The rise of the social enterprise

 What we are seeing, thanks to the rise of social media, is that more and more workers have greater power to begin to influence how businesses step in to deal with certain societal issues. 

“We have seen workers at Google, for instance, leaving the shop because they were protesting against Google allowing the censorship of information in places like China or working with the US Pentagon on drones,” says Hatfield.

They are forcing businesses to take a very hard look at how to deal with some of these problems. 

In human capital trends, they call it the rise of the social enterprise, he says, adding that 88% of the millennials in Deloitte’s future of work 2018 study expect businesses to be measured on more than just financial performance. 

About 90% believe that climate change is the number one issue to address.

The mega theme going forward is caring capitalism, says Dr MartynDavies, managing director at Deloitte.

Employers should be mindful of whether something like a team-building exercise or outings they plan will do what they’re supposed to do, which is to build a team.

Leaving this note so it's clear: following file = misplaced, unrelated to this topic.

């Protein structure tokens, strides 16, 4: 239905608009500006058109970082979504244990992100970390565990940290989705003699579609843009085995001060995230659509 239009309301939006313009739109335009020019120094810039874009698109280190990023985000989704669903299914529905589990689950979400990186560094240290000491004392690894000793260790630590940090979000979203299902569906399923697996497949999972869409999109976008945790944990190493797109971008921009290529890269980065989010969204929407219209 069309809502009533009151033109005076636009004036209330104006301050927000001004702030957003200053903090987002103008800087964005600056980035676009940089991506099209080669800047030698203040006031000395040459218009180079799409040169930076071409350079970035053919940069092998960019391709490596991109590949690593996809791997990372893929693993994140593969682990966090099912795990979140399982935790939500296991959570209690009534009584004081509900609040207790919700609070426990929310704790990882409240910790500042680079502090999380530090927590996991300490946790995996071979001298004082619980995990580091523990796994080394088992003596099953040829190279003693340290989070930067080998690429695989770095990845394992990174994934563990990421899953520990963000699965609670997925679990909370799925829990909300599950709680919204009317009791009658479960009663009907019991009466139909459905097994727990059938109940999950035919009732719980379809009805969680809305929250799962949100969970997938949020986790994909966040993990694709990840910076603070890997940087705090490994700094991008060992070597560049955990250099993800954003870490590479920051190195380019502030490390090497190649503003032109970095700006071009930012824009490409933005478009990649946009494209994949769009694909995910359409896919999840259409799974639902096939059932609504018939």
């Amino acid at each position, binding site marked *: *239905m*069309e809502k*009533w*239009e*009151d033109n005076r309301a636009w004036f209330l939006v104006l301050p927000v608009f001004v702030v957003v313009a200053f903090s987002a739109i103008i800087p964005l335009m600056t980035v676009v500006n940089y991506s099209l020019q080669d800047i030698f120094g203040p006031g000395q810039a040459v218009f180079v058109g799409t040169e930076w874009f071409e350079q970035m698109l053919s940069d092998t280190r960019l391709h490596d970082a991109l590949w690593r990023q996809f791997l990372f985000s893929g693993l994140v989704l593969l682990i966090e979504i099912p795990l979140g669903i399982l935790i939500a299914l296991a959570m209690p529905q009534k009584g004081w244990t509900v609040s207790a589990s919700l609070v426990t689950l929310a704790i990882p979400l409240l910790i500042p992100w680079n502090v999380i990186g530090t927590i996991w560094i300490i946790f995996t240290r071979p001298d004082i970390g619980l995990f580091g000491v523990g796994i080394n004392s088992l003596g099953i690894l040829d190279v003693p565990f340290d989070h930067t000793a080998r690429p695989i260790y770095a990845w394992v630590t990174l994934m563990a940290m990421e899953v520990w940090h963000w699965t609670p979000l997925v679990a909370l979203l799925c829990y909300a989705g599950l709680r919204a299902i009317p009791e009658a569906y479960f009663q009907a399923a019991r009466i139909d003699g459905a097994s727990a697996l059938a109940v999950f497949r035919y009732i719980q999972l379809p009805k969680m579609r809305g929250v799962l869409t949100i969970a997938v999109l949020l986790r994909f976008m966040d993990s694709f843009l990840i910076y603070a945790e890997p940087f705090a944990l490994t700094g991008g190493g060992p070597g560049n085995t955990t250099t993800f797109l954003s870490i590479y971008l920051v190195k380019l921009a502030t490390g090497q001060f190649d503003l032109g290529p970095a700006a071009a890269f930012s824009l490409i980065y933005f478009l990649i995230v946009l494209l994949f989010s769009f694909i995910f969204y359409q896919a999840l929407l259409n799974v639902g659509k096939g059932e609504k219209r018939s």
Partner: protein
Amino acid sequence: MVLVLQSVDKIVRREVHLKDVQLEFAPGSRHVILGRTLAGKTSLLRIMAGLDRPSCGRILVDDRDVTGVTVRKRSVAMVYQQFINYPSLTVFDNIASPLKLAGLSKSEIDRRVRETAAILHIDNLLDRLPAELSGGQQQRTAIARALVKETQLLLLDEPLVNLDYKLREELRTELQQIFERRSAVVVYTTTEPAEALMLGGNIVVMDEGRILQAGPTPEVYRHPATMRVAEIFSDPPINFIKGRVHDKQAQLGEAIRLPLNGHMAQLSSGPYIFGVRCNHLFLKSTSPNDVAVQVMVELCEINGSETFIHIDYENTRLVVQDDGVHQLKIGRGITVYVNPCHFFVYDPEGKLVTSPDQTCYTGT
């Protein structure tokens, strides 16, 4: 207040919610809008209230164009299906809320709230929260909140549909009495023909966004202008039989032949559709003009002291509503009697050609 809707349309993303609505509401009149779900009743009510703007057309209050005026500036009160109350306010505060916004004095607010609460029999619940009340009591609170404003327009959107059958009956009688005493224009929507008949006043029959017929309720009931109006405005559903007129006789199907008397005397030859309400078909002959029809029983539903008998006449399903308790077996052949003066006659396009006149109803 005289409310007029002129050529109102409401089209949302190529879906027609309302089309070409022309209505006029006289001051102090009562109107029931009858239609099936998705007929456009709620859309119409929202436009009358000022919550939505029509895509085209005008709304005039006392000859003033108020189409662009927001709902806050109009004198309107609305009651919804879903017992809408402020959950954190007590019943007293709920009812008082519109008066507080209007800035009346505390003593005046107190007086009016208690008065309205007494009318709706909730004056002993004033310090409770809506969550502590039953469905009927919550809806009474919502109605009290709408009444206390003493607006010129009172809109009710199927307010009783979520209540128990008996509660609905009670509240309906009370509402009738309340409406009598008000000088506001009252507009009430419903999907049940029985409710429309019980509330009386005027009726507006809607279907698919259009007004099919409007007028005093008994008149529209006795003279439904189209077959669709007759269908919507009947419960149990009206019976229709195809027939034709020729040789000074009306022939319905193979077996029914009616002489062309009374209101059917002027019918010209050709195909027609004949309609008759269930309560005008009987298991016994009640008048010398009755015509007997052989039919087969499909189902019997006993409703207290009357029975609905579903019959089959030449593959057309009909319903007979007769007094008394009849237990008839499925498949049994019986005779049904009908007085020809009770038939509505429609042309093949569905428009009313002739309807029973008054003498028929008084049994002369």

They ought to ensure that it is an activity that everybody likes, instead of getting rugby or ballet tickets for all employees, with the assumption that they are doing everyone a favour, says Luway Mongie, partner at Bowmans.

“You need to come up with team-building initiatives that are accommodating both to your old and younger workforce. You sort of have to find a middle ground,” says Yonela Sicam, an associate at Bowmans.

On mental health, she says that from a survey Bowmans conducted on how to create awareness and be more supportive, some of the suggestions included mindfulness, independent in-house counselling, wellness lunches, wellness days and even a crying room. 

Parent jobseekers are nowadays looking out for whether the employer has a crèche, which may be an attractive solution to juggling career and family. 

This article originally appeared in the 16 January edition of finweek. Buy and download the magazine here or subscribe to our newsletter here.